Working in healthcare frequently requires you to have a working knowledge of more than just the medical basics. Whether you’re a doctor, a nurse, a surgeon, or you work in a pharmacy, people will come to you with questions that have no obvious connection to your job and expect you to know the answers. Often, those questions will relate to life insurance. Patients trust you with their lives, and so they also trust you to know how they should go about protecting their lives from a financial point of view.
In reality, the best thing to do with those patients is to refer them to a qualified financial adviser and tell them that having something is generally better than having nothing. The number of American citizens who have no form of life insurance whatsoever is worrying, and last year uninsured citizens increased as a percentage of adults for the first time in years. Having good life and health insurance can be the difference between being able to pay for cremation, funerals and health care or being unable to do so, and so the majority of people should be encouraged to consider their options.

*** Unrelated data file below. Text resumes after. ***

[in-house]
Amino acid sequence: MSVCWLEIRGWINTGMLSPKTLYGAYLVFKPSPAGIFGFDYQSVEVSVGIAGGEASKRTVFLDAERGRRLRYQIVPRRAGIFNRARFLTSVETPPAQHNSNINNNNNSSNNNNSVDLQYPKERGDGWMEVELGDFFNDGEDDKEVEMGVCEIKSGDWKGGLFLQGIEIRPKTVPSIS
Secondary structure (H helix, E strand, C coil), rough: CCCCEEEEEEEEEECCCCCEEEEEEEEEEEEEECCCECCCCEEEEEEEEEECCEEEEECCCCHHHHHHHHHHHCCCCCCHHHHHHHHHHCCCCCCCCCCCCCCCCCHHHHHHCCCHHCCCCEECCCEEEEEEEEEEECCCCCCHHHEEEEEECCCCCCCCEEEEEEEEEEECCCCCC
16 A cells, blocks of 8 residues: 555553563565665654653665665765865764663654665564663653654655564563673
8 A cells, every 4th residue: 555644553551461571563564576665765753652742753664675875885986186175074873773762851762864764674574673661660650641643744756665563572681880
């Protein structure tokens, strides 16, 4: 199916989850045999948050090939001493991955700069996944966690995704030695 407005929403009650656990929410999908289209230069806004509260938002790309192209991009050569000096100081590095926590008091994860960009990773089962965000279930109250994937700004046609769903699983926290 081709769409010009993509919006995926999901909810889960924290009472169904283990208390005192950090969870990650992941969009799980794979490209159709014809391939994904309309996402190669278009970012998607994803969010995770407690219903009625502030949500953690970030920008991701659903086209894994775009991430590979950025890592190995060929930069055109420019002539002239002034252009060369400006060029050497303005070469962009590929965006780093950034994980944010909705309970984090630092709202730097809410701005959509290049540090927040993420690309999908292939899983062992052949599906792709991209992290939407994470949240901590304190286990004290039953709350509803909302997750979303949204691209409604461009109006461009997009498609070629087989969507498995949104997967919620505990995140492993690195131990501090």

If someone comes to you seeking advice on life insurance or wanting you to look over their paperwork, there are a few things you should be able to suggest or check for. Remember that insurers don’t really want to pay out at all – that’s not how they make their money – so being able to spot holes or clauses is a crucial skill. Taking out life insurance is like playing slot games. The only reason that online slots websites are able to make so much money is that customers lose more often than they win. That same online slots philosophy applies to insurers – they’re banking on the idea that the number of people who will take out a policy and never claim on it will remain higher than the number of people who claim. That’s why it’s essential that your patients understand what their cover does and doesn’t give them. Here’s what to keep an eye on.
Terminal Illness Benefit
The most basic forms of life insurance only pay out when the holder of the policy has died. That means the policyholder will never see a penny from their policy – all the money will go to their estate after they’ve passed away. Death-only policies are a little outdated, and generally represent poor value for money. The better plans on the market will also include terminal illness benefit as standard. Terminal illness benefit (sometimes known as Accelerated Death Benefit) usually pays out when a policyholder has been diagnosed with a condition that’s expected to cause their death within twelve months of diagnosis. In this scenario, the money is paid to the policyholder upon their diagnosis, and they can therefore decide how that money should be used. They may simply want to pass it on to their family or settle their finances, but the money could also be used to pay for care or care equipment to make their final few months easier than they would otherwise be.
Critical Illness Benefit